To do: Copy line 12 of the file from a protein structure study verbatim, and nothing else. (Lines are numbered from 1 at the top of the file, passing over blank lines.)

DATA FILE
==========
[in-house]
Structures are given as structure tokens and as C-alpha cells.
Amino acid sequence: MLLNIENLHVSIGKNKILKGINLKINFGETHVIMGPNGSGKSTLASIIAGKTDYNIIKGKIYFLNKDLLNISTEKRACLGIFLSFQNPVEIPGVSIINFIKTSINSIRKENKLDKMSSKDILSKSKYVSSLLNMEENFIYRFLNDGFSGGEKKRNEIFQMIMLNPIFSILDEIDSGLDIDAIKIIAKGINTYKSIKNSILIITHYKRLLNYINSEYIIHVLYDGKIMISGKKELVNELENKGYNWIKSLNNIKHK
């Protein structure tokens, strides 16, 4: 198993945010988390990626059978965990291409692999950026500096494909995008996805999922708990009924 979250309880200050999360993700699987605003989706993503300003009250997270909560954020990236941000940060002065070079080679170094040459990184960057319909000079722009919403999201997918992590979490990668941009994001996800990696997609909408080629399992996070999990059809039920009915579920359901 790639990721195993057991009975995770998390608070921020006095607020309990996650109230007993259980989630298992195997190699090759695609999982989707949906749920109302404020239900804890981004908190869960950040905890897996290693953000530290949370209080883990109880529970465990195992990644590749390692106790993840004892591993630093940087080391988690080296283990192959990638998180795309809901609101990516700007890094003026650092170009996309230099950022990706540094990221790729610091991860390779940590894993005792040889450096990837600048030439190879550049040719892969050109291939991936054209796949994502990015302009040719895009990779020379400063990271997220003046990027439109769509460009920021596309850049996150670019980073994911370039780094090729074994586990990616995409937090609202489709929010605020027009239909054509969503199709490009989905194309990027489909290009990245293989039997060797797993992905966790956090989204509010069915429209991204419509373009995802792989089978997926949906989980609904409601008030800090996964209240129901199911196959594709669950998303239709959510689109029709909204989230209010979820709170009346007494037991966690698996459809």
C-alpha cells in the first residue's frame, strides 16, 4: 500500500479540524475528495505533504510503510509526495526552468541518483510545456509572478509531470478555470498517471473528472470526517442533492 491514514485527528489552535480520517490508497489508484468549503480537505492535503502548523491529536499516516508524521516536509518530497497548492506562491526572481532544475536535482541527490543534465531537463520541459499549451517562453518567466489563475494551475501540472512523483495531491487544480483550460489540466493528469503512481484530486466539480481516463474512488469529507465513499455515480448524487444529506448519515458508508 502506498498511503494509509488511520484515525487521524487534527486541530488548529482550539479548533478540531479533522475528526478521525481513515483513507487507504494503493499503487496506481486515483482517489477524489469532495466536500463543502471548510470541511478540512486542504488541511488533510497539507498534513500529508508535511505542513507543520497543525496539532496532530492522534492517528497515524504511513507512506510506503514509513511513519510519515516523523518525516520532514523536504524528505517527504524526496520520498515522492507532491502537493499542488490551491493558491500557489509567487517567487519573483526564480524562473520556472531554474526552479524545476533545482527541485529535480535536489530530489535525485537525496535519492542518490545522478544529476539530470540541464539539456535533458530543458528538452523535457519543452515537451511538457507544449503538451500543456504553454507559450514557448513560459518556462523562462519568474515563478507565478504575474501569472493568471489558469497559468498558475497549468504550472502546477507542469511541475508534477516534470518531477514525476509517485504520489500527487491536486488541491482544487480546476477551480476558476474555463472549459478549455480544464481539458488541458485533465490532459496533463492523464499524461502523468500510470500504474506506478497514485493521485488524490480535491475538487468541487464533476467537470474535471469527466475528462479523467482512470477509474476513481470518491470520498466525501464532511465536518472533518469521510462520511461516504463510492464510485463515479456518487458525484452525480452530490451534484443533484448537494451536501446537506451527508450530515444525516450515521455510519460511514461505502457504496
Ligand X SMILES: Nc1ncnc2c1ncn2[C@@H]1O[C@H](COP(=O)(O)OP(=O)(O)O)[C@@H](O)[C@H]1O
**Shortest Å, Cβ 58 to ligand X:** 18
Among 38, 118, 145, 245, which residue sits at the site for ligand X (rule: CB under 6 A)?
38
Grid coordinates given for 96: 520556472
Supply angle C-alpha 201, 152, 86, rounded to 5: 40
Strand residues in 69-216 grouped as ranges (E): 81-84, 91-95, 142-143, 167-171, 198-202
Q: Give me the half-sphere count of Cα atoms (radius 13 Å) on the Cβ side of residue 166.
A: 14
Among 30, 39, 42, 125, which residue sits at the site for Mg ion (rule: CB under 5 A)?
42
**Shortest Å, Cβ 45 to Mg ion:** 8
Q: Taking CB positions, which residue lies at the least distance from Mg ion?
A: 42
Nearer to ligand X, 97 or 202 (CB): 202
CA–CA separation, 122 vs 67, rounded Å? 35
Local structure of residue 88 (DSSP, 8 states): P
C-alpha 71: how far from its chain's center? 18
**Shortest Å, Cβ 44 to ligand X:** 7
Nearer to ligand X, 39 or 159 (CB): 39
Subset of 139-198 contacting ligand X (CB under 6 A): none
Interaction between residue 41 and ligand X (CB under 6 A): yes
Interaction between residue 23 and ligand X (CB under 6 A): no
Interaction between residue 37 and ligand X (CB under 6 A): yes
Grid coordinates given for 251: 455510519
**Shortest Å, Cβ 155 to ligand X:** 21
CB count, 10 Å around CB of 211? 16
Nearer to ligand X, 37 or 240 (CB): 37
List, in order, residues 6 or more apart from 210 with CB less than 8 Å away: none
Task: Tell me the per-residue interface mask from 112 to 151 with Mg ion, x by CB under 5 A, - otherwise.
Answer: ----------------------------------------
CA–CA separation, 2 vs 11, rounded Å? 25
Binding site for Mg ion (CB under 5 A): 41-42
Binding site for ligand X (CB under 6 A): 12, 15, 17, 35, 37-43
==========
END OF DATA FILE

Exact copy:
Strand residues in 69-216 grouped as ranges (E): 81-84, 91-95, 142-143, 167-171, 198-202